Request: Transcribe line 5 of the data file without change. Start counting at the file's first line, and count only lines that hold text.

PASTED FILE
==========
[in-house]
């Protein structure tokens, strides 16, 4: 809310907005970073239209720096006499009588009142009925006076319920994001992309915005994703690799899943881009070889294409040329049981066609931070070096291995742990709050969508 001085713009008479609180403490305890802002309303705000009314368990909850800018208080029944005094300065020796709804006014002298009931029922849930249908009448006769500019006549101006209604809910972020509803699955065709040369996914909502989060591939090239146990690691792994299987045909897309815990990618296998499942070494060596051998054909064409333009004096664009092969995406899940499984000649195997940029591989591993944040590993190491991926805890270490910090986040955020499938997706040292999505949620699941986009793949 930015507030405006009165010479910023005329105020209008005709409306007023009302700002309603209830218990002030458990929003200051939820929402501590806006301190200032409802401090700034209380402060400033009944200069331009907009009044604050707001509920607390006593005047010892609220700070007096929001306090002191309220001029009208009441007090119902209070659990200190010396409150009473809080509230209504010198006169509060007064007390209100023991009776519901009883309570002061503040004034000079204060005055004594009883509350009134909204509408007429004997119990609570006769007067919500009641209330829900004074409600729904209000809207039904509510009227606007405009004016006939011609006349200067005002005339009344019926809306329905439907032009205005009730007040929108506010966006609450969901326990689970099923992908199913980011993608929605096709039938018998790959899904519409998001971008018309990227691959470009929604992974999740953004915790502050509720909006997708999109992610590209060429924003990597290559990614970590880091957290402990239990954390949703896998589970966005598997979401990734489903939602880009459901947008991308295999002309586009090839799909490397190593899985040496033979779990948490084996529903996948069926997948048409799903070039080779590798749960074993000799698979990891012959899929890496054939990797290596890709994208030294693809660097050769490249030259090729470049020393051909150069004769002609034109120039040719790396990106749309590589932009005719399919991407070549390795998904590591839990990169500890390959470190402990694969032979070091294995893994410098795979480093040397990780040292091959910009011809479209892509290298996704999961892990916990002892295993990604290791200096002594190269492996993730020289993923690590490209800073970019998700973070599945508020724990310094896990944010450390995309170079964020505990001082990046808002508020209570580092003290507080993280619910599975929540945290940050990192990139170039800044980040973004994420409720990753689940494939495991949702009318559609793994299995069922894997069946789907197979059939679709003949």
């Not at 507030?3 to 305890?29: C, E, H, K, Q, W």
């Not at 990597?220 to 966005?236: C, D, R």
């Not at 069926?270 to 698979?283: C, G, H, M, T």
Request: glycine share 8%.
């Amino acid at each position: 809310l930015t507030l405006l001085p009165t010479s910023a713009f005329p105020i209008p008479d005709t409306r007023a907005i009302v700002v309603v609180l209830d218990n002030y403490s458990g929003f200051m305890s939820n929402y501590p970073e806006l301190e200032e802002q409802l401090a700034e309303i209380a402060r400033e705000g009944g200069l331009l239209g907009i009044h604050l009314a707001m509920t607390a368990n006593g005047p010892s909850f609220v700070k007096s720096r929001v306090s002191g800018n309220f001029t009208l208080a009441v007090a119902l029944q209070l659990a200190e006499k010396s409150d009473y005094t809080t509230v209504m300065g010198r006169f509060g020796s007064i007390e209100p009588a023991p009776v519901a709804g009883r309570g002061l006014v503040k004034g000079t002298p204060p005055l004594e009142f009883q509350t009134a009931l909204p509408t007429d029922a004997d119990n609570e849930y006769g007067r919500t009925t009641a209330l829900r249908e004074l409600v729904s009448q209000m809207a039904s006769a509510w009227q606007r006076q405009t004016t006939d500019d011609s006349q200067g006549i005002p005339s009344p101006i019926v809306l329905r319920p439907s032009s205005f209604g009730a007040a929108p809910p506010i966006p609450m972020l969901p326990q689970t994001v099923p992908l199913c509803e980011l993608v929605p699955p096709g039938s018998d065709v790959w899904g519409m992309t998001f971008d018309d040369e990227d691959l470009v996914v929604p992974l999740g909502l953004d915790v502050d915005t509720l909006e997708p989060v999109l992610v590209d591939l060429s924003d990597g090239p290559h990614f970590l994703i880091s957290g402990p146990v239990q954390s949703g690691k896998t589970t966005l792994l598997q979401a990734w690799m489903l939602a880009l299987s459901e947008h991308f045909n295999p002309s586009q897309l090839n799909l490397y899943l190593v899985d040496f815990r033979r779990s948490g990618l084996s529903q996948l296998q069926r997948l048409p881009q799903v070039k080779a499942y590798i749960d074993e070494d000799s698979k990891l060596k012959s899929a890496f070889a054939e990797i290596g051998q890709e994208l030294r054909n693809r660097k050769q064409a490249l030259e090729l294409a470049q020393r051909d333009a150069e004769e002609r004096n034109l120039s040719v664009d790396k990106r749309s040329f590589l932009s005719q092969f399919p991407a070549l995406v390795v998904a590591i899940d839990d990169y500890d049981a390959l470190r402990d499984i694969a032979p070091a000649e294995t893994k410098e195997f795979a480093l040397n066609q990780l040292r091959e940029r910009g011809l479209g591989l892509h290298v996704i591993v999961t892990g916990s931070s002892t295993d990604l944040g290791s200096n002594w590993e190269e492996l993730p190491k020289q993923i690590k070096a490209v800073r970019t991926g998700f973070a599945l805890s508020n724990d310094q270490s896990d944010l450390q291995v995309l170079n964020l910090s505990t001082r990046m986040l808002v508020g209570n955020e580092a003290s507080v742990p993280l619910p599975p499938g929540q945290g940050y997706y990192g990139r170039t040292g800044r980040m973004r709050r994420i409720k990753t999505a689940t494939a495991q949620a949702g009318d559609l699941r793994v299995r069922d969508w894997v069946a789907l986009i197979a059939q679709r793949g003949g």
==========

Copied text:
């Not at 069926?270 to 698979?283: C, G, H, M, T």